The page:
Refinance Demand Plagued by Tight Credit & Falling Home Prices

by devteam June 1st, 2011 | Share

The Mortgage Bankers Association (MBA) today released its Weekly Mortgage Applications Survey for the week ending May 27, 2011.

The MBA’s loan application survey covers over 50% of all U.S. residential mortgage loan applications taken by mortgage bankers, commercial banks, and thrifts. The data gives economists a snapshot view of consumer demand for mortgage loans. In a falling mortgage rate environment, a trend of increasing refinance applications implies consumers are seeking out lower monthly payments. If consumers are able to reduce their monthly mortgage payment and increase disposable income through refinancing, it can be a positive for the economy as a whole (may boost consumer spending. It also allows debtors to pay down personal liabilities faster. A trend of declining purchase applications implies home buyer demand is shrinking.

Excerpts from the Release… </p

The Market Composite Index, a measure of mortgage loan application volume, decreased 4.0 percent on a seasonally adjusted basis from one week earlier. On an unadjusted basis, the Index decreased 4.2 percent compared with the previous week. The four week moving average for the seasonally adjusted Market Index is up 3.0 percent.  </p

The Refinance Index decreased 5.7 percent from the previous week.  The four week moving average is up up 3.8 percent for the Refinance Index. The refinance share of mortgage activity decreased to 65.7 percent of total applications from 66.8 percent the previous week.</p


The seasonally adjusted Purchase Index was essentially unchanged from one week earlier. The unadjusted Purchase Index decreased 1.2 percent compared with the previous week and was 7.6 percent higher than the same week one year ago.  The four week moving average is up 1.1 percent for the seasonally adjusted Purchase Index.</p


The 30-year rate is the lowest since November 2010. The average contract interest rate for 30-year fixed-rate mortgages decreased to 4.58 percent from 4.69 percent, with points increasing to 1.01 from 0.69 (including the origination fee) for 80 percent loan-to-value (LTV) ratio loans. </p

The average contract interest rate for 15-year fixed-rate mortgages remained unchanged at 3.78 percent, with points increasing to 1.07 from 1.04 (including the origination fee) for 80 percent LTV loans. The effective rate also increased from last week.</p

The adjustable-rate mortgage (ARM) share of activity increased to 6.2 percent from 5.8 percent of total applications from the previous week.</p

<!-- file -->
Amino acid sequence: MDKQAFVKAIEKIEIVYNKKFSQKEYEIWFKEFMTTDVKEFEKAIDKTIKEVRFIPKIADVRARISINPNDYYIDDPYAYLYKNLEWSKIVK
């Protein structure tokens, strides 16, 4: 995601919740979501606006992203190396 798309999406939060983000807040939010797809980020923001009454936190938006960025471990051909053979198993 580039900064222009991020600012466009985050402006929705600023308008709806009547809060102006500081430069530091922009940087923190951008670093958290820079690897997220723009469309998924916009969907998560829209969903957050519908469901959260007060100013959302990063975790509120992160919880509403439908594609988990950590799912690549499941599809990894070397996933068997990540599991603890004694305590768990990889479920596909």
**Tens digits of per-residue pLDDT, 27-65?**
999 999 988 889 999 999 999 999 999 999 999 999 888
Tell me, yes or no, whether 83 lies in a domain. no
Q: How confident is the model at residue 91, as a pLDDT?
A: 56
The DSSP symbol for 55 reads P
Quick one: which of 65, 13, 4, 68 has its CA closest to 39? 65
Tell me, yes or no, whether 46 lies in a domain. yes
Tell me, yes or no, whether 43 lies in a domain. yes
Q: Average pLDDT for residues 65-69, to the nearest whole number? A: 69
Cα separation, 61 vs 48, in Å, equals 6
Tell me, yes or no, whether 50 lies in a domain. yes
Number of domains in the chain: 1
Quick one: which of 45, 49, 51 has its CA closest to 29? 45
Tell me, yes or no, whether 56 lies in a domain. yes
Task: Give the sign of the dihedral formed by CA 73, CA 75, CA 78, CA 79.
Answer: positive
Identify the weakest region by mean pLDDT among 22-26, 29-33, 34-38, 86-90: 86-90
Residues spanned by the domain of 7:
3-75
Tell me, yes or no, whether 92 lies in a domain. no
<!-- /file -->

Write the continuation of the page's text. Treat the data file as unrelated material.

“Interest rates fell last week as incoming economic data was weaker than anticipated. Despite this drop in rates, the number of refinance applications fell. In fact, the last time mortgage rates were this low, refinance volume was more than twenty percent higher. It is likely that many borrowers still cannot qualify to refinance given the lack of equity in their homes,” said Mike Fratantoni, MBA’s Vice President of Research and Economics.</p

From last week’s MBA Apps recap : Loan Demand Lags Interest Rate Rally. Several Reasons Cited</p

Rates are at 6-month lows but loan demand hasn’t increased as much as one might have anticipated. Last week we wrote,rn “Right now we’re witnessing the beginnings of a mini-refinance boom in the primary mortgage market, but there has been little activity in the secondary market that would indicate increased rate locking by consumers.” says MND’s Managing Editor Adam Quinones. “However, if conventional 30-year rates reach 4.25%, we’d expect to see a mini-boom scenario play out. There is much stored demand in the system as many qualified borrowers missed the boat on record low rates in October and early November. This crowd is waiting in the wings for those rates to return. Whether or not that happens is still very much up in the air” </p

In reaction to that comment, Ted Rood,rn a loan originator from MetLife Home Loans added, “One thing to considerrn regarding refi volume is that HUD effectively ended FHA streamlines over the course of the last year by tightening underwriting guidelines and jacking up monthly MIP fees. After the change, many existing FHA clients have been unable to meet net benefit rules,  even when dropping their rate by 1% or more, since their monthly MIP would double on the new loan. So FHA clients don’t get to benefit from lower rates and HUD doesn’t get new upfront MIPs from existing clients with clean payment histories who want to refinance”.</p

READ MORE: New FHA MIP Structure to Slow Streamlines</p

READ MORE: Rents Seen Rising as Poor Credit Hurts Homeownership Demand</p

READ MORE: Realtors Request Looser Credit Regs as Home Sales Decline</p

READ MORE:  Case-Shiller Data Confirms Double-Dip in Home Prices</p

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About the Author


Steven A Feinberg (@CPAsteve) of Appletree Business Services LLC, is a PASBA member accountant located in Londonderry, New Hampshire.

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